Volume 32 - Issue 2
The Quintessential EnglishmanBy Carl Trueman
It is hard to believe, but J. I. Packer has just celebrated his eightieth birthday. For many evangelical students who came to faith in the 1970s and 1980s the works of James Packer were a staple diet. From Evangelism and the Sovereignty of God, with its articulate exposition of how high views of election should work hand-in-glove with vigorous commitment to evangelism, to ‘Fundamentalism’ and the Word of God, his famous defence of biblical authority, Packer’s books offered many of us our first taste of theological reflection which was both sound, courteous, and intelligent.
For me, the two classics are Knowing God (no surprise there) and Keep in Step with the Spirit (probably, for those who remember, a more controversial choice). The former is, I believe, still popular, being essentially an introduction to classical theology, cast in a popular idiom. It has sold in quantities of which most Christian authors, at least, Christian authors actually worth reading, can only dream. Essentially a popularization of the thought of the great seventeenth century Puritan, John Owen, it remains a standard way of accessing some of the doctrinal gems of the Reformed tradition. Keep in Step with the Spirit has perhaps dated more seriously, but at the time of its publication in the mid-80s, it provided many of us with a way out of the false alternatives then on offer as responses to the charismatic movement: either one had to swallow it whole or repudiate it as a movement of the Devil. Instead of these unsatisfactory options, Packer offered his readers a charitable critique which gently, but firmly, reoriantated thinking on the Holy Spirit back toward Christ and towards sanctification.
Outside of his writings, Packer proved a more controversial figure. Of course, he has been based in Canada at Regent College now for many years, and in North America he is revered and held in some awe. Indeed, with the exception of his involvement in Evangelicals and Catholics Together, he has not been the focus of too much polemical disturbance and seems to be regarded rather as the grand old gentleman of the evangelical theological cause. Not so in Britain. In the fifties, he was by far the most intellectually gifted of the young men and woman who gathered around Martyn Lloyd-Jones and helped to kick-start the neo-Puritan revival. He thus played an instrumental role in the development of a British evangelicalism which had intellectual backbone, a consciousness of history, and a desire to develop a church life that was built on a high view of Scripture and a commitment to the centrality of preaching. By the mid-60s, however, serious tensions were beginning to emerge between MLJ, on one increasingly convinced that those denominations were seriously which tolerated liberal teaching in their pulpits. His solution, proposed most dramatically at a meeting at which Stott was also speaking in 1966, was that evangelicals should leave such denominations and form some kind of (rather ill-defined) broad evangelical front, committed to the basic essentials of the Christian gospel. Neither Stott nor Packer agreed with the proposal and thus British evangelicalism, not for the first time in her history, was split between Anglicans and non-conformists.
In the decades that followed, the bitterness between the two sides did nothing to help the evangelical cause in Britain. In addition, while MLJ’s followers continued to fragment and engage in brutal infighting, the Anglicans sought strange alliances with Anglo-Catholics and even liberals, fuelling the suspicion of MLJ’s followers that Anglican evangelicals were Anglicans first, last and always, and that their evangelicalism was simply a qualification of his more fundamental identity. The result: a fractured and weakened evangelicalism, rent with bitterness and internal division, and a world in which there was a no real place on either side for a man like J. I. Packer.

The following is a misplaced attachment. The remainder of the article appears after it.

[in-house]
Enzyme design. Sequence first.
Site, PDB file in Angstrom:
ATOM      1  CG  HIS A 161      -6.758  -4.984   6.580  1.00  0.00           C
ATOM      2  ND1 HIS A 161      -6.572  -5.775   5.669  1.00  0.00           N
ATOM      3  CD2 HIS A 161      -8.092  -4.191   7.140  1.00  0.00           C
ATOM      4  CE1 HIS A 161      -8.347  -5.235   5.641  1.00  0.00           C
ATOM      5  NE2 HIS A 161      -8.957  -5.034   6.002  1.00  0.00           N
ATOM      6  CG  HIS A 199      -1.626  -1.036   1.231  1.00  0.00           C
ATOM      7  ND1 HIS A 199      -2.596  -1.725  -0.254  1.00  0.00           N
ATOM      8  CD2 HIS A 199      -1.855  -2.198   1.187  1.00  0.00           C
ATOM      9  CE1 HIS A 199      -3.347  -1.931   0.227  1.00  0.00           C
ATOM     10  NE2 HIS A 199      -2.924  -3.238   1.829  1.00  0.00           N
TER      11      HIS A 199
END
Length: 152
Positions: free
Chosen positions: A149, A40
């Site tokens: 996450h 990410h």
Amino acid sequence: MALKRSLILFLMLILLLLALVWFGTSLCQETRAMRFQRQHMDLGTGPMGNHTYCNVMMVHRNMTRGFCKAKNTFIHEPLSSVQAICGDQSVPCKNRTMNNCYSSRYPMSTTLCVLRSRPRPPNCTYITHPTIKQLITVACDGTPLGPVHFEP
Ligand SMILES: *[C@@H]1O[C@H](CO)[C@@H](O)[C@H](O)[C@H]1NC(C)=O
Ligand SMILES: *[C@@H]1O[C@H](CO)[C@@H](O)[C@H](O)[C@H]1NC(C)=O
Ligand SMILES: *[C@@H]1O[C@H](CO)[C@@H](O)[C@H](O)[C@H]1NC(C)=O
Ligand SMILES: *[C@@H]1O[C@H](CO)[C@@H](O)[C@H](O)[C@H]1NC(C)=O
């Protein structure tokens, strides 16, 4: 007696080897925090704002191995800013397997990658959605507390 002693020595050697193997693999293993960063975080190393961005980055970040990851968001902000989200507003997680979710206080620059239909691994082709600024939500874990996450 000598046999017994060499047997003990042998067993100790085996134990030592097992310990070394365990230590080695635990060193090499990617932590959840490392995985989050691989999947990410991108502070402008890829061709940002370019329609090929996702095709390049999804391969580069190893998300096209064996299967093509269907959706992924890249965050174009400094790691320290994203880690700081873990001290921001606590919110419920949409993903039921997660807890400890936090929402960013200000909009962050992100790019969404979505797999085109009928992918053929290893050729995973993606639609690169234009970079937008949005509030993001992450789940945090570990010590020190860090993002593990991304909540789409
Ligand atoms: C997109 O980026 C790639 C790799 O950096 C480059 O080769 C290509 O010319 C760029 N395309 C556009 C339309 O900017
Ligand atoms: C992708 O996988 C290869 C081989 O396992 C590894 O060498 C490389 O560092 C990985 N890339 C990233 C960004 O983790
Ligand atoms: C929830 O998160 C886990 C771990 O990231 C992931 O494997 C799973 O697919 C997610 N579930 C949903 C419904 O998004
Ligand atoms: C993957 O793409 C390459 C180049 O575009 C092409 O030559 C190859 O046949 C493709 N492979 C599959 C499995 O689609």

Forty years on, while the generation which fought the battles of the 60s and 70s is slowly passing away into glory, the fateful divisions of that time continue to shape both British evangelicalism and the reputation of James Packer in his homeland. There he has been seen variously as having fatally compromised himself by refusing MLJ’s terms for the future of British evangelicalism, or as having fled the country to avoid having to take difficult stands with in his own communion. Where does the truth lie?
My own thoughts, for what they are worth, are that the break between MLJ and Packer was a most tragic and damaging event for British evangelicalism. Without a doubt, Packer was a sharper theological mind than MLJ. The break in 1966 effectively ensured that British non-conformist evangelicalism lost a leader who could have provided necessary intellectual ballast and, more importantly, a counterweight to the influence of MLJ. Great as he was, MLJ’s iconic status, verging in some quarters on a personality cult, was not in the long terms interest of the British scene. The oft heard laments about the failure to find ‘the next Lloyd-Jones’—indeed, the very fact that the issue can even be framed in such terms—merely underline the problem which was created by his unquestioned and unchallenged dominance of British evangelical non-conformity. Put simply, with MLJ’s passing, the mantle of leadership passed to men who proved unable to reforge the alliances of the fifties, and who had little or no interest in ecclesiology nor, more importantly, in theology proper, other than as a recitation of the eighteenth century. Thus, English non-conformity inevitably returned to the intellectual and ecclesiastical backwaters from which it had briefly emerged. As early as the 1980s, my friend and mentor, the late Bob Horn, saw the problem and moved to found Evangelicals Now as a way out of the impasse; but the heat he took for that merely indicated the depth of the problem.